Why Most Business Intelligence Projects Fail
According to Gartner, 70 to 80 percent of business intelligence projects fail. The solution could be a more agile development process — and organization.
Recently, Gartner noted a study that purported to show that "between 70% and 80% of BI projects fail." Ordinarily, I would treat this kind of statement, from Gartner or anyone else, as the equivalent of "give me your money or you're going to be in really, really bad trouble." However, the author of the study does have recent CIO experience with business intelligence (BI). Moreover, some of the problems he cited as causing BI project failure are well-known as causes of failures in other areas of IT — in particular, bad communication between IT and corporate. So there is good reason to think that a significant proportion of today's business intelligence projects do indeed fail, by any reasonable standard.
On the other hand, 70% to 80% is an unusually high proportion of projects to fail. For one thing, business intelligence is a well-established discipline in large organizations. Moreover, much of existing BI concerns itself with enterprise reporting — canned querying applied at certain times of the year. Just how plausible is it that an extension of enterprise reporting fails 70-80% of the time, at least 15 years after BI started doing enterprise reporting in the first place? Something seems odd about this figure.
So how significant to the average user, really, is "BI project failure"? And if it is important to a particular user, is the fix really to improve CIO-CEO communications by teaching IT to talk in corporate jargon?
We Have Been Here Before
In fact, BI "projects" bear a surprising resemblance to the software development projects that enterprises have been doing for the last 45 years. Often, they involve writing new software. Certainly, they require writing new queries and using existing software in new ways that require design and planning beforehand. If the developer's expertise isn't required, then the "data miner," who knows how to translate requests for information into querying commands, is required.
Given this resemblance, we would expect the failure rate of BI projects to have some relation to the failure rate of software development projects. But when we look at the history of attempts to find out development failure rates, we discover, embarrassingly, that no one has ever really succeeded in getting a meaningful figure for failure rates.
That isn't to say that three decades of researchers haven't tried. Efforts have ranged from attempts to measure lines of working code written, to abstractions of functions coded called "function points," to comparative studies, to "bake-offs" between competing development tools. As it turns out, the only meaningful long-term measure of "failure rate" is ... what the enterprise says it is. That is, one firm that started tracking user reports of success vs. failure in the early 1990s found that, consistently, 40-60% of development projects were reported as "late," "never finished," or "didn't do what was asked."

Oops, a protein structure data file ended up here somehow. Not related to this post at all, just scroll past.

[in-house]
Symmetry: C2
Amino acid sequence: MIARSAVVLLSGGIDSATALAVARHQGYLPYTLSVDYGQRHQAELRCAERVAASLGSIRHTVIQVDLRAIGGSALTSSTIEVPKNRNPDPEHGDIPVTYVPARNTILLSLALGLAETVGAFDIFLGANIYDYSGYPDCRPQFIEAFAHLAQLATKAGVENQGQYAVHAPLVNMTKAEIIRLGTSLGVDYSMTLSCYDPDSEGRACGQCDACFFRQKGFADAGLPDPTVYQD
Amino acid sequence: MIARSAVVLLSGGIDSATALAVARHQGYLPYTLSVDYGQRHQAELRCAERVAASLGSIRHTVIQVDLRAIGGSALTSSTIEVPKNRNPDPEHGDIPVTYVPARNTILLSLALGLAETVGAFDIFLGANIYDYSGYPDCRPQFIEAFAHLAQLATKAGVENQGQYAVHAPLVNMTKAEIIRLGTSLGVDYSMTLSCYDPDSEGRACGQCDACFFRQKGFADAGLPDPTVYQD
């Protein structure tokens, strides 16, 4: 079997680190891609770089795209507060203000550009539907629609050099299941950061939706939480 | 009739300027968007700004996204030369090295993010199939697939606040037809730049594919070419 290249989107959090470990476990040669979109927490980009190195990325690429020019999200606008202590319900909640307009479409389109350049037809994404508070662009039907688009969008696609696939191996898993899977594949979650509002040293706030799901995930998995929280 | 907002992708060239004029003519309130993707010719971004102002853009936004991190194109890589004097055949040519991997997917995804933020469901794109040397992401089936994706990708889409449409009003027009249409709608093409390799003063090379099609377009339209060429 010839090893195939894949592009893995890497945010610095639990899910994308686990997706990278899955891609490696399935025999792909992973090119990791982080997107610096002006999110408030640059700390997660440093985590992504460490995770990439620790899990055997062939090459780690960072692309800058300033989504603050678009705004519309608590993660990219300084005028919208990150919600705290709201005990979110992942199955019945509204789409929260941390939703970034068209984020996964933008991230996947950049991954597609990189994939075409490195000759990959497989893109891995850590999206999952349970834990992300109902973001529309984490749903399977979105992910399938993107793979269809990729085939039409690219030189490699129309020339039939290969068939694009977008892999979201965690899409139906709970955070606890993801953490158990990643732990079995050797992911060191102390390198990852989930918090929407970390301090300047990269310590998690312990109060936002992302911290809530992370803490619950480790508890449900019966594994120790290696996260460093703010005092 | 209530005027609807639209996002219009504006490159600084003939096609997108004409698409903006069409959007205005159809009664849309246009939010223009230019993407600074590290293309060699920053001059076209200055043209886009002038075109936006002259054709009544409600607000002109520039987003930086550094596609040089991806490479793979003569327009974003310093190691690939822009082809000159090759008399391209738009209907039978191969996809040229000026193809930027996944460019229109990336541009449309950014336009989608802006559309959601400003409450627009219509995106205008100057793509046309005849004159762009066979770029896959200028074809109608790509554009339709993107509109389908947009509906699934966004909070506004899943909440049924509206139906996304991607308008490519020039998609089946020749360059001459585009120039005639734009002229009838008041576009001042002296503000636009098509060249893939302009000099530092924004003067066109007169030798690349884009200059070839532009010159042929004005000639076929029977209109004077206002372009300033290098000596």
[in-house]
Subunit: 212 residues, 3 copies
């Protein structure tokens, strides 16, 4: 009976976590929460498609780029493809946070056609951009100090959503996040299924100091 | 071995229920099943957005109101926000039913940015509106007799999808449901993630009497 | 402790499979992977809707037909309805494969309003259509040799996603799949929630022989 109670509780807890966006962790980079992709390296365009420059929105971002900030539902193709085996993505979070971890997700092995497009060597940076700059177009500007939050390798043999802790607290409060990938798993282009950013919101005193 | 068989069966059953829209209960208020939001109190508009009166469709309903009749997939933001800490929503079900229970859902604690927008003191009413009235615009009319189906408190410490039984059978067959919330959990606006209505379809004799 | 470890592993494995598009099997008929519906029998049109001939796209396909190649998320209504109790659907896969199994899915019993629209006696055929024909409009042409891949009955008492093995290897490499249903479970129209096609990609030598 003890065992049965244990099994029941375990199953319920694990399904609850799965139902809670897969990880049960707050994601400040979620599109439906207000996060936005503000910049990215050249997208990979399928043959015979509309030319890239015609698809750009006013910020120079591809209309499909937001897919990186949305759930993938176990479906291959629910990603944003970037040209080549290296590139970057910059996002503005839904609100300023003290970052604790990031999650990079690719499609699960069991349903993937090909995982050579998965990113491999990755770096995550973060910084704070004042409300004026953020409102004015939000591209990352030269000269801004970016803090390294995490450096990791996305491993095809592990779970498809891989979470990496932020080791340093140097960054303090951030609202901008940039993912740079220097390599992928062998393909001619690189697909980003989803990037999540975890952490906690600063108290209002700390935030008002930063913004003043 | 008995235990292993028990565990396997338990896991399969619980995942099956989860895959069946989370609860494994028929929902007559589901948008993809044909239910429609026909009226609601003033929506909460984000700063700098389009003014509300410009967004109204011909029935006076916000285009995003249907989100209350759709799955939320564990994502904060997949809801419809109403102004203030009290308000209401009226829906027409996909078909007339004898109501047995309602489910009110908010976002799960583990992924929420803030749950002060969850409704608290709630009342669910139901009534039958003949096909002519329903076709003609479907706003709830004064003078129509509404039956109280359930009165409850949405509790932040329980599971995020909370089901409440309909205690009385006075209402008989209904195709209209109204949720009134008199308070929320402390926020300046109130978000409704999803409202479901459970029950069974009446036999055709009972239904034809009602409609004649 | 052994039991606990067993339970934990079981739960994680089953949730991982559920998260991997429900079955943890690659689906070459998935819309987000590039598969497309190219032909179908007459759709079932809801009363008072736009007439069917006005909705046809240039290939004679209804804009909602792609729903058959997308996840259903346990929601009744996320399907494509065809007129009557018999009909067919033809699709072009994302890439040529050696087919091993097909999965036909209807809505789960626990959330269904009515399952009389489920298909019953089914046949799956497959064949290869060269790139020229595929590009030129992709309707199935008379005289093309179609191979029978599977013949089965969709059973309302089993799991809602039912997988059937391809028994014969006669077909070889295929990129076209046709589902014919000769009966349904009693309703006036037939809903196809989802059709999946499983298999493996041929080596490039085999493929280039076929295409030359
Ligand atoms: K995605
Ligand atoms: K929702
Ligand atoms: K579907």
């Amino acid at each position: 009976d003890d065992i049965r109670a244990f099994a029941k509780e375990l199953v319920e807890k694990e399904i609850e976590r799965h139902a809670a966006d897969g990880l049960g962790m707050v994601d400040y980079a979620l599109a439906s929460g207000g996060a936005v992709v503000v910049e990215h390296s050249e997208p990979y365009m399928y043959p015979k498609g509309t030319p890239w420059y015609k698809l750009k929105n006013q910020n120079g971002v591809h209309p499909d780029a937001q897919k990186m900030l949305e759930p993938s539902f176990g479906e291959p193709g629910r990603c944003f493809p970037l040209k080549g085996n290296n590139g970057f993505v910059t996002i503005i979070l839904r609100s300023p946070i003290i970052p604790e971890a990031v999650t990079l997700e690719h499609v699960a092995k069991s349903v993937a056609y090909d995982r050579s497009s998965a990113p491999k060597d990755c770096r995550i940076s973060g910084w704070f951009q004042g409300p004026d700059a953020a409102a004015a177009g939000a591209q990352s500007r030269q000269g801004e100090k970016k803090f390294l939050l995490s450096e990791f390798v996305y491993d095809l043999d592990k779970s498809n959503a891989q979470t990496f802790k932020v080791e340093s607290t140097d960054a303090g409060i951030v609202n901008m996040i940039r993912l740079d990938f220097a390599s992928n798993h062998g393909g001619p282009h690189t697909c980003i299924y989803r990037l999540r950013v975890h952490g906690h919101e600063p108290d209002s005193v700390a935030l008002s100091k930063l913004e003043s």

Or at least that was true until five years ago. Because five years ago, IT, offshore and vendor developers began seriously committing to a process called "agile development." And as that happened, astonishingly, reported failure rates shrank to 20%, to 15%, and in cases where agile was used for everything, to close to 0%.
Full disclosure here: As a programmer long ago in the infancy of development, I have been a proponent of agile development ideas well before they surfaced in the Agile Development Manifesto 10 years ago. I am, indeed, proudly prejudiced about the positive effects of both agile development processes and the ideas of business agility that logically follow. But I must point out that research that I have done since makes my point. An extensive survey two years ago confirmed that by every metric I could find, IT and business, agile development brought 15-45% improvement (a recent IBM study claims 60% improvement). And by the same metrics, all other popular processes, tools, etc., either had no or minimal effects.
So the question of whether 70-80% of BI projects fail turns into: if the BI project isn't agile, why wouldn't it have high failure rates? And if it is agile, how is it credible that failure rates are that high?
Agile Business Intelligence Would Be A Good Idea
The story goes that a reporter once asked Gandhi (who as a lawyer had been in England and knew what he was talking about) what he thought of Western civilization. "I think," Gandhi replied, "that it would be a good idea."
By the same token, to ask whether BI projects are agile given that reported failure rates are 70-80% is a question with its own answer. Of course most BI projects do not use truly agile processes. There is simply no way that agile BI projects could achieve such a failure rate. Rather, this failure rate is an indication that BI is lagging far behind in its ability to achieve an agile process — and therefore, interestingly, in its ability to increase business agility. What do I think of agile BI? I think it would be a good idea.
Certainly I am not the only one to note the failure of projects that enterprises mislabel as agile. Jill Dyche, a long-time consultant, recently caused a stir by decrying projects that try to do BI "on the cheap," by applying agile programming teams uncritically, without consideration for the careful planning and communication with the business user that needs to go on (see What Agile Business Intelligence Really Means). However, for those who don't know, frequent communication between the developer and the business user is a key part of a truly agile development process. In effect, Jill, the Gartner person, and I in this particular case are saying much the same thing: there needs to be effective communication between the business with its needs and the computing arm that attempts to respond to those needs.